The Nationals’ winning streak hit double digits. And, of course, win No. 10 came on a walk-off.
What else would you expect?
The Nats notched their 10th straight win on their fifth walk-off in their last six games. They are the first team to have five walk-off wins in a six-game span since the 1986 Astros, according to Elias.
This win means that at some point, Matt Williams will have to follow through on his promise to do his Babe Ruth impersonation. The Nats’ skipper agreed to break out the Babe impression if the Nats won 10 in a row this season, and they reached that mark.
The impersonation won’t happen now, Williams says, but it will eventually.
Here’s Williams on the win and when we might see him imitate The Babe:
On the walk-off: “We had a lot of opportunity today. Didn’t happen for us until the last inning, but just gotta keep pressing. Gio (Gonzalez) pitched really well, Matt (Thornton) pitched really well, (Rafael Soriano) pitched really well. Gave us an opportunity today to come up with a run. We had a lot of opportunities early.”
On winning 10 straight: “Those are pretty few and far between for any team. But it’s not surprising the way that they prepare and the way they go about it every day. If you do that, then you give yourself an opportunity to win. So it starts with their preparation on an everyday basis. They do that. So they have opportunities every day.”
On when the Babe Ruth impersonation will happen: “Well, as in any situation with games or any of that, timing is important. (laughter) What? Timing is important, so I wouldn’t imagine that right now is the proper time. It’s probably not appropriate. But in some form or fashion, at some point, probably in the privacy of some stadium somewhere, we’ll bring it out again. I don’t know when that will be.”
On when he’s done the impersonation last: “I haven’t done it since the last time I did it, but a promise is a promise. At some point, somewhere ... I can’t tell you when that will be, but at some point. And you and I are going to get to be real close friends, because if you let this out of the bag ... at some point.”
On whether he thought this was possible when he made the agreement: “Anything’s possible. In this game, especially. Anything’s possible. You make the promise, you’ve got to live to it. So it will happen somewhere, somehow.”
On why he won’t do the impression in the near future: “It’s not appropriate. You talk to folks and you say, ‘Hey, boy, sure we’d like to win 10 in a row.’ But at some point it will be fun and appropriate, but not right now.”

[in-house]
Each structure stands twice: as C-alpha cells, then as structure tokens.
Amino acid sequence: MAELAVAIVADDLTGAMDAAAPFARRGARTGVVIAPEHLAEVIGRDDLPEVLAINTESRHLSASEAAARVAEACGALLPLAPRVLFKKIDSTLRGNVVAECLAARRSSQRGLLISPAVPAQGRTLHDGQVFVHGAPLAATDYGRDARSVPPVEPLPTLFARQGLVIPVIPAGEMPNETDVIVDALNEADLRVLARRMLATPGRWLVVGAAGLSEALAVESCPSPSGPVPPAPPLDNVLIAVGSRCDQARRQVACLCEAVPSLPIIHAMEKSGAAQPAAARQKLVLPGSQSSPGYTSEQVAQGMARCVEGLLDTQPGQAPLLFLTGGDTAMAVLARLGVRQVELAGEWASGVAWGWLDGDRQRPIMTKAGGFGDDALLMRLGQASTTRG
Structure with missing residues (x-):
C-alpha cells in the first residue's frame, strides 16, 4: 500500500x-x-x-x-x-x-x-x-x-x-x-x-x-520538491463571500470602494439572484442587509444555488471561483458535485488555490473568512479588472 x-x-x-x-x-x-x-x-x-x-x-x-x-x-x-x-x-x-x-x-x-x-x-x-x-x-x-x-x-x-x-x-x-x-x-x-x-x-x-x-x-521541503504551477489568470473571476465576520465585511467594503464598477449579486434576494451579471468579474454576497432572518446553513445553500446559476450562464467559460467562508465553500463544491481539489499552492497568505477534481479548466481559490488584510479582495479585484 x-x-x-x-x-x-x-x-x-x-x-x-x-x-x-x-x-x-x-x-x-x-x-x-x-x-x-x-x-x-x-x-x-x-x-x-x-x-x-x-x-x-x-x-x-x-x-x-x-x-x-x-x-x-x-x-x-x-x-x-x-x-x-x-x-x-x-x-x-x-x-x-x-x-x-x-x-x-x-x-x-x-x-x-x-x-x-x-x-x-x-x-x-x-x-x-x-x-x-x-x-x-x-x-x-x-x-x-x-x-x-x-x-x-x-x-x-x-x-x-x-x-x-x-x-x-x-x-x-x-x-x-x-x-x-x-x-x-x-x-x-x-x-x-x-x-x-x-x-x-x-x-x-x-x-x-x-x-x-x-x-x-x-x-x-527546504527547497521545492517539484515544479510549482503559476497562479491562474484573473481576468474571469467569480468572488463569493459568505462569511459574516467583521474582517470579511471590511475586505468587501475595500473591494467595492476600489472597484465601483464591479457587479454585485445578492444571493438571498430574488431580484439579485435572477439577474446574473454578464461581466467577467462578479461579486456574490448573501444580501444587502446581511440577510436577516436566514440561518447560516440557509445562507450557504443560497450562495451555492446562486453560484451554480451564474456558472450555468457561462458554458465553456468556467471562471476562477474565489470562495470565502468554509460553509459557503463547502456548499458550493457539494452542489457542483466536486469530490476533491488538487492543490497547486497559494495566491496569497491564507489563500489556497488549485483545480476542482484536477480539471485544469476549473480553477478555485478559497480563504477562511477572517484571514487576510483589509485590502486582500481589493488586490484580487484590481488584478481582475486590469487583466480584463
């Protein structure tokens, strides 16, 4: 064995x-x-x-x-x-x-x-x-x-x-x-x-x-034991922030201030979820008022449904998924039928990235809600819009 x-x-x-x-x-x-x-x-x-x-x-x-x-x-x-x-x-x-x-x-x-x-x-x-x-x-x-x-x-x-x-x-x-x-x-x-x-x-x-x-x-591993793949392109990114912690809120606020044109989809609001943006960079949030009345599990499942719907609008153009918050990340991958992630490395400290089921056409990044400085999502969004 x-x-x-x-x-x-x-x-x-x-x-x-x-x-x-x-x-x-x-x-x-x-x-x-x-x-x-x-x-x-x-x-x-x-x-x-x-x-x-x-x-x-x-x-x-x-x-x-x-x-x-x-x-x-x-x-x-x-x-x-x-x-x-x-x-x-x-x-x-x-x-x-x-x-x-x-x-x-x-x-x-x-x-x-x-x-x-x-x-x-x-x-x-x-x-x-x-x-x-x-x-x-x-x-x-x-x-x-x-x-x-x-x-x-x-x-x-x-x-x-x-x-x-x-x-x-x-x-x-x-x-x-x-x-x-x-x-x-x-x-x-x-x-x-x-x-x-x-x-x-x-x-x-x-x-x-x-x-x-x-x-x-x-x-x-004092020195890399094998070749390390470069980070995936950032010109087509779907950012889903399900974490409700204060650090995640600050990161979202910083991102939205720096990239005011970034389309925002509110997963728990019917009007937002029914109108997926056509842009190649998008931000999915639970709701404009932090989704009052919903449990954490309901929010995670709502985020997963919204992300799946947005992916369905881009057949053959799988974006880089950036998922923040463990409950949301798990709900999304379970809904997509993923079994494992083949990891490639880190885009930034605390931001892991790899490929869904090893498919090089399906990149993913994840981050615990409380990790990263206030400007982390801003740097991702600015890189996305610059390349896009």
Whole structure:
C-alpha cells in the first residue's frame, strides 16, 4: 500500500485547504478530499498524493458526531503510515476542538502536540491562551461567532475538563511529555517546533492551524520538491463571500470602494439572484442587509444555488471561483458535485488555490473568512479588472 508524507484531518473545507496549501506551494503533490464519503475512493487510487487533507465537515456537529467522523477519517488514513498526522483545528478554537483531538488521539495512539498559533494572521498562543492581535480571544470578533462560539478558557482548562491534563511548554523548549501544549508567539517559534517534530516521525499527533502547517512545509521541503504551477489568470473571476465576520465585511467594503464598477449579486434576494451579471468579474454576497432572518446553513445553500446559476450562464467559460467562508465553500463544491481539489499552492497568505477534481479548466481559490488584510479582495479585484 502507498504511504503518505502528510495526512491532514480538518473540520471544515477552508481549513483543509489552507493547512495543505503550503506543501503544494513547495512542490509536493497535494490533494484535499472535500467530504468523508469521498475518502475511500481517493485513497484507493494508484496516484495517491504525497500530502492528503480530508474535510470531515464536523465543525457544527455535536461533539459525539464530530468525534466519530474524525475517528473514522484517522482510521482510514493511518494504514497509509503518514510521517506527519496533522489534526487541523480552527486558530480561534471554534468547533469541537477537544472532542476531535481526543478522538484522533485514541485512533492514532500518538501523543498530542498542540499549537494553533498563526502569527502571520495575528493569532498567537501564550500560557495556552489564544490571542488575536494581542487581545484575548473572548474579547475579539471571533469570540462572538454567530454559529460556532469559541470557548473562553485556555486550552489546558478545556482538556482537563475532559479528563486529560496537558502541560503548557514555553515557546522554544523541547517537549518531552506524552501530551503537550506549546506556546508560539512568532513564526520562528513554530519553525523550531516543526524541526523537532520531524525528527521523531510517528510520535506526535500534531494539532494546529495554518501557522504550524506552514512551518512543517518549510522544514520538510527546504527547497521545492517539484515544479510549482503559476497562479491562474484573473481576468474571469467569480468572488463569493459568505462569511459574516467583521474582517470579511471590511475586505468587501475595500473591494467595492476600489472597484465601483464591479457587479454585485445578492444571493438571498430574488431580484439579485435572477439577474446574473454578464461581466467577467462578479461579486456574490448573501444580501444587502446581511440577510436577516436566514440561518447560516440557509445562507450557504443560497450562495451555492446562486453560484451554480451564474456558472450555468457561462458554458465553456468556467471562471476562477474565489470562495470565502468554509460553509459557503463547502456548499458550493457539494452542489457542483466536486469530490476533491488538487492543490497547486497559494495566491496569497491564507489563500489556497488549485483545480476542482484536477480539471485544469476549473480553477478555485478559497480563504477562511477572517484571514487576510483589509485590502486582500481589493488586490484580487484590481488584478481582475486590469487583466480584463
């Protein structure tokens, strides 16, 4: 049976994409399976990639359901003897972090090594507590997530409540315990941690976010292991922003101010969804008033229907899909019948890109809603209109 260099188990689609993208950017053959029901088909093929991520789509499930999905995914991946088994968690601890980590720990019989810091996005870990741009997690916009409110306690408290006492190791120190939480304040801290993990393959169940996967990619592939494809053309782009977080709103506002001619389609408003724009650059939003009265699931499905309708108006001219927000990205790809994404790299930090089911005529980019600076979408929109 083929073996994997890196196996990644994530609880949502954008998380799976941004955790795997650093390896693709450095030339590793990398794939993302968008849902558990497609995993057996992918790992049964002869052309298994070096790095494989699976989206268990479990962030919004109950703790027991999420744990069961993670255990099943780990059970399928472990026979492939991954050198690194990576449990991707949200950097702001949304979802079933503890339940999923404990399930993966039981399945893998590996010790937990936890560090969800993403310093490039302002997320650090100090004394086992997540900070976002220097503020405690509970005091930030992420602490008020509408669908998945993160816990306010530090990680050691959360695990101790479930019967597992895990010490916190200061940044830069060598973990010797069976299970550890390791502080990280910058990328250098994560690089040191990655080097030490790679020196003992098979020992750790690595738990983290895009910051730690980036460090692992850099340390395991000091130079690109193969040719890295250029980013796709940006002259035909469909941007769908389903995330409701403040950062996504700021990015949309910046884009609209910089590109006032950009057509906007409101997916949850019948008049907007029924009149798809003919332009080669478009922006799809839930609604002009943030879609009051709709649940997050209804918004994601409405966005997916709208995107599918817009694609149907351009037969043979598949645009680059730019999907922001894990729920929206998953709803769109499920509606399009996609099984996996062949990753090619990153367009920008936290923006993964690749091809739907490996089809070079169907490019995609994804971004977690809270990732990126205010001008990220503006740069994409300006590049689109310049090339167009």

On Denard Span stealing second base in the ninth when everyone knows he’s looking to steal: “Well, knowing that everybody knows, especially (Kirk Gibson) and the Diamondbacks know he’s going to try and get in scoring position there. (Evan Marshall) was quick to the plate, he picked a good pitch to go on - slider - so he had a little extra time, and that might’ve made the difference. Pretty good throw. He’s less than 1.3 (seconds) to the plate, so he got a good jump and he had a good slide. The slide’s important. Everybody knows at some point it’s going to be off to the races at second, and he did a nice job of getting there.”
On if he felt like the Nats would push across a run at one point, despite the runners left on: “Well, Wade Miley is a pretty good pitcher. He made really good pitches today, especially on Adam (LaRoche). You know, it’s tough against him. He knows what he’s doing out there and he competes. Gibby pushed him a long way today to try to get him through, but you never know. You can have a blooper or you can hit a ball right on the money at somebody. You just don’t know, so you just have to keep providing those opportunities to the guys that come to the plate. Sometimes it happens and sometimes it doesn’t, but if we do that enough then we’ll get a real good chance of scoring one somewhere in there.”
On whether the Nats’ starting pitching has been overlooked lately: “Of course. You have to get to that point where you can have a walk-off, which means that you have to be in the game. Our pitchers have certainly kept us there. Today was another example. Gio, and we talked about it before the game, the ability to land the curveball and he did that. It just makes him so much more effective. If we didn’t have to hit for him in that regard, we could have probably sent him back out. He pitched really good. They compete every day and keep us in game so that we have an opportunity to do the things that have happened over the last week. If you’re not in those games, that never comes to you.”
On him seeming very calm during all this: “I’ve experienced a lot in my time in baseball, certainly not as much as other folks, but I understand the importance of appreciating what you have and working hard to get what you want. That’s important to me and it’s important to those guys. That’s how we approach it. I love to see them do well. I love to see Sori come back and have two good outings. I love to see Harp getting some hits. I love to see them excited on the field after a win. That’s important to me. My job is to guide them and to help them do that. So that’s gratifying, but I refuse to, I absolutely refuse to get too far one way or the other because it doesn’t work for me and it won’t work for our team.”
On if Jayson Werth is OK: “He’s good. It was right off the shin bone, so he’s fine. That’s a stinger that gets for a little while, but he’s okay. It will be a little sore tomorrow, I’m sure. No issues.”